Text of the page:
Enjoy the search! Remember to buy antique silver. Reuse and recycle beautiful pieces from the past!
Wednesday, June 11, 2014
Decoding the marks on your English or Irish silver may at first seem daunting. There is a wealth of information on the web including charts and pictures that can help walk you through the process. The marks reveal the British Isle where the item was made, the town where it was assayed, the year of assay, and the silversmith.
The English system of marking silver resonates with my need for structure and order. I pick up a piece and there they are….small marks neatly lined up in order. I will share with you my method for researching the hallmarks. At the end I will list web sites I think you will find helpful.
Since the marks are usually small and sometimes partially obscure by tarnish I recommend you first do a good cleaning of the marks. After cleaning the marks take a close-up picture of them and save it to your computer. This is always my starting point and I think you will find it helpful. That way you can use the on-line charts and have a large clear picture of the marks on your piece which will aid in identification. If the marks need to be cleaned apply a good silver polish to the marks and let it dry. Once dry take a soft toothbrush or cotton swab and remove the polish. If the tarnish is stubborn and difficult to remove from the impressed marks dip the end of a match stick (the old fashion square ones work well) in polish, place it over the mark, and turn gently. This will usually help removed stubborn tarnish in the mark.
To help save time check to see if your piece has a full set of hallmarks which can rule out that your piece might be silver plate. Some British silver plate will have a series of marks similar to solid silver. Such as the firm of Ellis Barker. But silver plate will not have the standard mark. So looking for the standard mark first is a good place to start. There will be 4 or 5 marks on British & Irish silver. Below is a picture of marks on a set of English silver fish knives that were in my Ruby Lane shop.
First; look for a standard mark. In the picture of my fish knife you will see the Lion Passant/Walking Lion. This is a guarantee that the piece is English silver is of .925 content.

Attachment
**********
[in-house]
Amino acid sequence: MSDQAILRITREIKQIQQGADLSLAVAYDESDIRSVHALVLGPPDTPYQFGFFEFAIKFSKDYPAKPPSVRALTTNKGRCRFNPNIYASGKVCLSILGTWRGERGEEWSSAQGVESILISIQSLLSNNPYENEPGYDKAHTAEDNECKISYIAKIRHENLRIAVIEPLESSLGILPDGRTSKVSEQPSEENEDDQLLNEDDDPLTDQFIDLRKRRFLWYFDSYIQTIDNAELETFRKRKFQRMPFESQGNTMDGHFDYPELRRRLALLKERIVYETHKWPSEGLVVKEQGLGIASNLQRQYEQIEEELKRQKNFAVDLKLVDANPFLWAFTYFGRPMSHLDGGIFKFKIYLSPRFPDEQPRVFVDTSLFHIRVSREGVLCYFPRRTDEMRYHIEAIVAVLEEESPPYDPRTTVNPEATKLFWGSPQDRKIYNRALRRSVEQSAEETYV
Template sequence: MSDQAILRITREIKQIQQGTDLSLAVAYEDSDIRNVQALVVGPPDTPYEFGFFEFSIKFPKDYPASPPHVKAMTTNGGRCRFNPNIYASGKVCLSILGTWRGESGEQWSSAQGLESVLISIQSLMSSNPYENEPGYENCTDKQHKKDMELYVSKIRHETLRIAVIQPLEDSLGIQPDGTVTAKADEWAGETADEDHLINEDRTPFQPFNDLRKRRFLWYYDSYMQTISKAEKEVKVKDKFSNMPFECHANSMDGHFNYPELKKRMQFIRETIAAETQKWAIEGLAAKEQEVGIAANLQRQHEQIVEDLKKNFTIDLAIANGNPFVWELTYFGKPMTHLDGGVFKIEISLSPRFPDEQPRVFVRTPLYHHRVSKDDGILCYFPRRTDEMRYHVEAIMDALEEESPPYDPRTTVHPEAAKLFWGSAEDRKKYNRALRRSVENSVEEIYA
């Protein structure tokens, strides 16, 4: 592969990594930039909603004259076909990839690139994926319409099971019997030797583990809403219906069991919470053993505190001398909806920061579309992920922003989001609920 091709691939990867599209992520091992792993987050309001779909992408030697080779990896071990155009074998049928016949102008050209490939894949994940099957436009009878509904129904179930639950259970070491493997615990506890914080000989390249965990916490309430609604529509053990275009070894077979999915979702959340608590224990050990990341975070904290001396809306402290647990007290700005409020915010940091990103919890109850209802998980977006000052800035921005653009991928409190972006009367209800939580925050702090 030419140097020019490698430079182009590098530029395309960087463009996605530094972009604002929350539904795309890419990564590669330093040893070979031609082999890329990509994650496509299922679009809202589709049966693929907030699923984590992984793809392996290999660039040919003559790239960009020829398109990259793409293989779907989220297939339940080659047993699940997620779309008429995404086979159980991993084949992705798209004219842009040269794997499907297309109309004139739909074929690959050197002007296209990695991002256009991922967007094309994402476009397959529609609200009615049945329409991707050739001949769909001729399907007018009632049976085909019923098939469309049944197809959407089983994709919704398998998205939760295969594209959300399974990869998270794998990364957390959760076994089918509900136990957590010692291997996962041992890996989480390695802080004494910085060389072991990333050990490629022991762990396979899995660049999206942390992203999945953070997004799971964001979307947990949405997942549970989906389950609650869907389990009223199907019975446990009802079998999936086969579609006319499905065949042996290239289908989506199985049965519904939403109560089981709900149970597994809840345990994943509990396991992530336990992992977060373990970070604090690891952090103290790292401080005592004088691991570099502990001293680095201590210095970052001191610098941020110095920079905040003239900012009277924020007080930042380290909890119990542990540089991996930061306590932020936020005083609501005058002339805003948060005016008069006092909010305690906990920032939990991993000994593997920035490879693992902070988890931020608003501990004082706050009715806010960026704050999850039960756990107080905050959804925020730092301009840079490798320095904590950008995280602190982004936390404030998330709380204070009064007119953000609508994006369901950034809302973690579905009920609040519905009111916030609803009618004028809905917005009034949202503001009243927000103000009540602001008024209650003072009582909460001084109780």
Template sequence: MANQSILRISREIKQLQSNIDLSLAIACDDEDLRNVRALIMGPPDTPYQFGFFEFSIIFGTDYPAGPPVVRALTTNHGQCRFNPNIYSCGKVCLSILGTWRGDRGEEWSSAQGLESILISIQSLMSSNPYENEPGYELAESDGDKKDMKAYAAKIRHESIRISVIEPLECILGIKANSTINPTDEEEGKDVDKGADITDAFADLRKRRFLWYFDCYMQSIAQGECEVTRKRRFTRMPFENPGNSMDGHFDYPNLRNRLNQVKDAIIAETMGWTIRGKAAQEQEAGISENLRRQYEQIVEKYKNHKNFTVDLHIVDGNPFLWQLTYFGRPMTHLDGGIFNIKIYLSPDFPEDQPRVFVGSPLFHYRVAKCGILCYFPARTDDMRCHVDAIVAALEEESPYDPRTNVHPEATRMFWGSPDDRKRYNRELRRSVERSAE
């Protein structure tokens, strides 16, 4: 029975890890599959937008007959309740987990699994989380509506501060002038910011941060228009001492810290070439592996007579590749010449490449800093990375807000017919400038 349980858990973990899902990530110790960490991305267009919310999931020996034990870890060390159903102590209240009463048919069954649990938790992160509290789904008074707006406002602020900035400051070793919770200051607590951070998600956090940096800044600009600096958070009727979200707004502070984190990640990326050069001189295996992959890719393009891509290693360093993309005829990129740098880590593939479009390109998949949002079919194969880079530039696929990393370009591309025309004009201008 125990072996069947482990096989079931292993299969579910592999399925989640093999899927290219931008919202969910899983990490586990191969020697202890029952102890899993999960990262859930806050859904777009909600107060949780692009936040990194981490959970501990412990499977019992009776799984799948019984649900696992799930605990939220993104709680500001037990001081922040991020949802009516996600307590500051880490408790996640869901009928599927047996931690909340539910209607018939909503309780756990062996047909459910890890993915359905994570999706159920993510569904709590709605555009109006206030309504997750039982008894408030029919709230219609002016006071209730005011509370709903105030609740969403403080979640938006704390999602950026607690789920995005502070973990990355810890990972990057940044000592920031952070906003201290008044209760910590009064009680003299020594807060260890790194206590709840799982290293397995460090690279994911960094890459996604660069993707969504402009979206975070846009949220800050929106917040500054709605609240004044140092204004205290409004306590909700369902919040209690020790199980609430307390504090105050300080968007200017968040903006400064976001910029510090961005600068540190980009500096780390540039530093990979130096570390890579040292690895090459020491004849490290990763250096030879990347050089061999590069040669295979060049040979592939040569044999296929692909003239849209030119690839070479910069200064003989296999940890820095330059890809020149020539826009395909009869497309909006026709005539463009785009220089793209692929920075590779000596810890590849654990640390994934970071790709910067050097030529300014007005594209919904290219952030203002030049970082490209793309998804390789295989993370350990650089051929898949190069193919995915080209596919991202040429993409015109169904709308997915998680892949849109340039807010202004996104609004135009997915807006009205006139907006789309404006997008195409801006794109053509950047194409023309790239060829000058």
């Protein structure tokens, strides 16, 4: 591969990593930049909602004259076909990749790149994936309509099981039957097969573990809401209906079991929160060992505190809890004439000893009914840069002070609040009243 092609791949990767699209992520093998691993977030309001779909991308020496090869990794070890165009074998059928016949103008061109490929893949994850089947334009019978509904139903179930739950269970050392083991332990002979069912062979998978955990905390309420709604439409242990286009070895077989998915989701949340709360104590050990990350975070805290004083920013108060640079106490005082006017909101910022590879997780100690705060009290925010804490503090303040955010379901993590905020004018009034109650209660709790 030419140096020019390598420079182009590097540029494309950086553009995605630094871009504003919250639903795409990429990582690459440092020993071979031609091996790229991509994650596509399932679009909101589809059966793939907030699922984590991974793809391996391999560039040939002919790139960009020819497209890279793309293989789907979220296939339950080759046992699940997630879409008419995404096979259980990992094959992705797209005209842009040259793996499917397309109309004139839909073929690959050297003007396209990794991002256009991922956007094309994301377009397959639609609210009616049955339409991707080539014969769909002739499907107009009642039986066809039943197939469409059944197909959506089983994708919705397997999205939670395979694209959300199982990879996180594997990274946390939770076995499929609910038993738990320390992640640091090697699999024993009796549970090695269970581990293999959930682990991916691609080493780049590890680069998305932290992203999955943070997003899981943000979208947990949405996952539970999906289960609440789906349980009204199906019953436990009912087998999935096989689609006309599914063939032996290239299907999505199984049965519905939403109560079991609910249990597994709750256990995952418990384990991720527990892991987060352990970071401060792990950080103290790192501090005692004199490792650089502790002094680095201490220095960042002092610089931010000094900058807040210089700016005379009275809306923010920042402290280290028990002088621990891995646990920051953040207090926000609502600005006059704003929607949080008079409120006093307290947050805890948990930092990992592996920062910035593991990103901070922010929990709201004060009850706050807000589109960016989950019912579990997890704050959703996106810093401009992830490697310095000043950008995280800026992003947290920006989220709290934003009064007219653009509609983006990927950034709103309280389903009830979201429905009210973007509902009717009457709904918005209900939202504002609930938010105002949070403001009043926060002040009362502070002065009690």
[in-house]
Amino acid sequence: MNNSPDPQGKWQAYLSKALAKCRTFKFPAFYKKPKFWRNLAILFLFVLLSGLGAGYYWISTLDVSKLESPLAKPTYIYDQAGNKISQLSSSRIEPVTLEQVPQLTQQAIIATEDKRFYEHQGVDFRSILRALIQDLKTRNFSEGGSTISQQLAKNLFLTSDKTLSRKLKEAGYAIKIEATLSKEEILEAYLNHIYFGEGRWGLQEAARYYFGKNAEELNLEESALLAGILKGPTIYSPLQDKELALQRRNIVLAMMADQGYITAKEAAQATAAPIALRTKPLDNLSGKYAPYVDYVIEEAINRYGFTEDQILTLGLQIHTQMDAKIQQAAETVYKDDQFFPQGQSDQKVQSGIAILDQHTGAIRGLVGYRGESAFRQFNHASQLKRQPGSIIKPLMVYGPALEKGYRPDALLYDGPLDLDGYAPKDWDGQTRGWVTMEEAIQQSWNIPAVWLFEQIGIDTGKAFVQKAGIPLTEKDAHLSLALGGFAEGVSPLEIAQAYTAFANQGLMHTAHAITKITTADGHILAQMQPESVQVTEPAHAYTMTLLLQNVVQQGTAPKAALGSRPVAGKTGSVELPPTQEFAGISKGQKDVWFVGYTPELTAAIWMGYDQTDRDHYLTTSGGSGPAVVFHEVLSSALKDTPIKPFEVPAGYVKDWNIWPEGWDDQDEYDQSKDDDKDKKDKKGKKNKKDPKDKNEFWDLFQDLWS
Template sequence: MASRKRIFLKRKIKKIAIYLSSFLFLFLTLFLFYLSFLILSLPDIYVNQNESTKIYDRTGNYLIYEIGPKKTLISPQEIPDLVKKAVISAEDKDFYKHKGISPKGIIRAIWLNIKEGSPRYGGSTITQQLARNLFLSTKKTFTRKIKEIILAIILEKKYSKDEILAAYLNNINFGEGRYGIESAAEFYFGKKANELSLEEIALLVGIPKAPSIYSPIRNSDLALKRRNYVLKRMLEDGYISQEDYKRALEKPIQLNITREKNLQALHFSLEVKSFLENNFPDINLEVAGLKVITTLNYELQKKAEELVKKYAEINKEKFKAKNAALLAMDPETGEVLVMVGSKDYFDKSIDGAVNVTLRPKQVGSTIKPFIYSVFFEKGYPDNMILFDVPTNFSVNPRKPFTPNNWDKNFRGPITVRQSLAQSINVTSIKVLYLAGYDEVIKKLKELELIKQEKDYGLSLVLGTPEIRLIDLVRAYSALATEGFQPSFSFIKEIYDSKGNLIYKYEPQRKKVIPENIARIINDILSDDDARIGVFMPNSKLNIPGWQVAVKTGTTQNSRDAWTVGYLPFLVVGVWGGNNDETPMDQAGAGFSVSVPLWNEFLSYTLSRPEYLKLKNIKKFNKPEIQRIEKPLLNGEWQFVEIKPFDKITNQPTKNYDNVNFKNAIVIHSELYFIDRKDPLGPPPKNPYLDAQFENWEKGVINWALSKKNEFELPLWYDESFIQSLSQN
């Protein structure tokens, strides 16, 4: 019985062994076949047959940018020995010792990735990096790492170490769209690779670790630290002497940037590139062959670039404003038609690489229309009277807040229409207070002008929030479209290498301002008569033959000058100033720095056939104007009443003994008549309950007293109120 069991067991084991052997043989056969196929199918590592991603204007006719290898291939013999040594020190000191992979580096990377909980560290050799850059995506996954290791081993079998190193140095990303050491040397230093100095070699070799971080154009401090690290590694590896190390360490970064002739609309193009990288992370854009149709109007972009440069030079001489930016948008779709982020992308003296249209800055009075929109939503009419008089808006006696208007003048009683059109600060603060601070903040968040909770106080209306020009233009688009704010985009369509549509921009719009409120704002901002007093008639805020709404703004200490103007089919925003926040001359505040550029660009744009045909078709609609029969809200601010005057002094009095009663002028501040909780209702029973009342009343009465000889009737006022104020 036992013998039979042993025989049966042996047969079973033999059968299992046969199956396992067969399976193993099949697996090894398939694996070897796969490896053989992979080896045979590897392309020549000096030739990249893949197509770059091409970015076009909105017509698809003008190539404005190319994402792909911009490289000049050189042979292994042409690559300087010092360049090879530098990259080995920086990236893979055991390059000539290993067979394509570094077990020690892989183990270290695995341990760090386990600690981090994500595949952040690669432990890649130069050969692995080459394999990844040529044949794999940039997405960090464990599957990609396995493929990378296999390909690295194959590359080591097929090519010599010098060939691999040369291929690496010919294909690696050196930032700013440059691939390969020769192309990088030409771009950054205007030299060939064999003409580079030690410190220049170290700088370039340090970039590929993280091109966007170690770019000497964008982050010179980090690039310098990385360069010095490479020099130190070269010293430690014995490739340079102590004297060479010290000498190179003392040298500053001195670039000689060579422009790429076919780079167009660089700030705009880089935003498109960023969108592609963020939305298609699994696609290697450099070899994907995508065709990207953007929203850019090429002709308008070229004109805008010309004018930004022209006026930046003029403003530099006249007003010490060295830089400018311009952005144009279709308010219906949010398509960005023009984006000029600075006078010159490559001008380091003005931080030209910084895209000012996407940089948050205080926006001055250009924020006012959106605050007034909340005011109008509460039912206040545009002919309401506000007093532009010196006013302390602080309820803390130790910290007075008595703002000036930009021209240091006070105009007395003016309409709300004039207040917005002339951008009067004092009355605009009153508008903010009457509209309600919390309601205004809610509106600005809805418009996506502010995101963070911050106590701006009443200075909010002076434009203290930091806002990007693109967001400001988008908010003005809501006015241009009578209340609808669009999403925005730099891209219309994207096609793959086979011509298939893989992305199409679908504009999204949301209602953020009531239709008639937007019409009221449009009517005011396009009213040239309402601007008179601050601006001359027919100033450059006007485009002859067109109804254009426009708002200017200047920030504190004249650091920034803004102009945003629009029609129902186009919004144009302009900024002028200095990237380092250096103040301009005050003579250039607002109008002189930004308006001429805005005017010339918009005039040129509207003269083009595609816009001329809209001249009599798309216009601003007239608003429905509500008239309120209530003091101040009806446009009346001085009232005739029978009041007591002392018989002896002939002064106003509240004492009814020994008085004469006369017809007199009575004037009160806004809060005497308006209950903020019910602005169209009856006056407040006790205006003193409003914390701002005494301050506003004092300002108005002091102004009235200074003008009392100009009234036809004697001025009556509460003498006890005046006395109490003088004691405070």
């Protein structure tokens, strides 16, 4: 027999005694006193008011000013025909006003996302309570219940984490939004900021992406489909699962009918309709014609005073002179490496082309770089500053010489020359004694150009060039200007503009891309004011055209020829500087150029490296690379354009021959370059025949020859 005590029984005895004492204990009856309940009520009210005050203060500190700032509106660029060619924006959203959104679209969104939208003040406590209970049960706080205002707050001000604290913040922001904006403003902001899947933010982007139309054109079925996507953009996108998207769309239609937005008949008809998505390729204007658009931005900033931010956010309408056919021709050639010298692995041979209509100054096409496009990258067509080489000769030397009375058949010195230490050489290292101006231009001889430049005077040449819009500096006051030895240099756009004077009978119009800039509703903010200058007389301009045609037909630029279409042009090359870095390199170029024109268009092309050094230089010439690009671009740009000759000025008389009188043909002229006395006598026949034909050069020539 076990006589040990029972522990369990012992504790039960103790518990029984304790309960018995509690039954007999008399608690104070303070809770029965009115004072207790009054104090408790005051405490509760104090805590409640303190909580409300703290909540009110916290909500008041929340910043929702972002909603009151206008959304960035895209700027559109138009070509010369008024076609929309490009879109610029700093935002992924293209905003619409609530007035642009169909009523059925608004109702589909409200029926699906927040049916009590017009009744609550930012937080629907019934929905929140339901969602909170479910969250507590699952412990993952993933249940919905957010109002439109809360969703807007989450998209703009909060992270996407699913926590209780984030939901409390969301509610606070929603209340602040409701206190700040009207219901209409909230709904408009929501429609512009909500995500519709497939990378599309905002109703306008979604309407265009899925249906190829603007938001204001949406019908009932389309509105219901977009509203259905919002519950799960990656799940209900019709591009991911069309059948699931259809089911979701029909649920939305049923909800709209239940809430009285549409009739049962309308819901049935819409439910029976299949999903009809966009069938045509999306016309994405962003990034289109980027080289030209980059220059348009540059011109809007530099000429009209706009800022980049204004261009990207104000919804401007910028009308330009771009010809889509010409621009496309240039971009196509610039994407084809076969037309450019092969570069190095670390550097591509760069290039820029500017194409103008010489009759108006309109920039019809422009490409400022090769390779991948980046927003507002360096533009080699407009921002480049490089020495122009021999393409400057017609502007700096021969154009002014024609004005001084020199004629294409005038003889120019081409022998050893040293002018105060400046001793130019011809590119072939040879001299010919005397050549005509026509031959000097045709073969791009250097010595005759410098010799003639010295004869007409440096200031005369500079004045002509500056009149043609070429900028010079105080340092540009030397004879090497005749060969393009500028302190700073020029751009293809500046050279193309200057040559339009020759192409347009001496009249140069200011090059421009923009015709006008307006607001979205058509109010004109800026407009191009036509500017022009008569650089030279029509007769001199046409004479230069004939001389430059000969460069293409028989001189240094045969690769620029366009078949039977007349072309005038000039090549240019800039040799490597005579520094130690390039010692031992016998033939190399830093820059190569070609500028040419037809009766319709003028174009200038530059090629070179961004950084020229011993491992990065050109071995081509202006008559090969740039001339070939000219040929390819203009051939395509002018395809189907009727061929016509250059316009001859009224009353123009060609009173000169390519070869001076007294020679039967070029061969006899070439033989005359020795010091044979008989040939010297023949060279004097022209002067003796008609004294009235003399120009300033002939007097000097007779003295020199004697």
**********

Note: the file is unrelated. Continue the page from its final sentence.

Below are other standard marks for British Isles & Irish silver
The standing lion for sterling silver made in Edinburg
The crowned harp for all sterling silver made in Dublin
The thistle for sterling silver made in Glasgow
The image of Britannia for Britannia standard silver
Second; look for a town/ city mark. This is the town where the piece was assayed for silver content. In the marks shown in the picture you will see a Leopard’s face which denotes London as the assay town/city. So now you would know to look at date charts for London There were 10 major assay towns.
Third, look for the date mark. The “N” shown below is the date mark on the fish knives. Note the outside shape of the mark and the font.
Now that you have identified the town/city mark you can use one of the many charts found on-line or in reference books to identify the date on your piece. These marks correspond to the particular town where the piece was assayed. So be sure to look at the correct city charts. Note the letters, their fonts, and the shape of the punch will correspond to years on the chart. This is where having cleaned your marks will help. The shape and fonts are important as they changed through the years.
Fourth; look for a sovereign’s head/duty mark. Your piece may or may not have one. This will help narrow down the date range if this mark is on your piece. These marks will show on the date charts. The mark which was used to shown that a tax had been paid to the “Crown” was discontinued after 1890. The profile on this mark was the reigning monarch at the time. The fish knives I used in this article were marked with the profile of Victoria. This mark was used from 1838 to 1890. So with the information of this mark I know that I can narrow my date range search to those years. Thus eliminating the need to look at so many letter marks and hopefully save my eyesight.
Fifth; you will find the maker’s mark/ initials. There are numerous sites which identify these marks. The shape of the mark is important since you may find that there will be several silversmiths with similar initials. So watch for conjoined circles, square, circle, and shield shapes. Below the GA is in a conjoined circle.
An excellent site for helping to identify British & Irish assay and makers marks;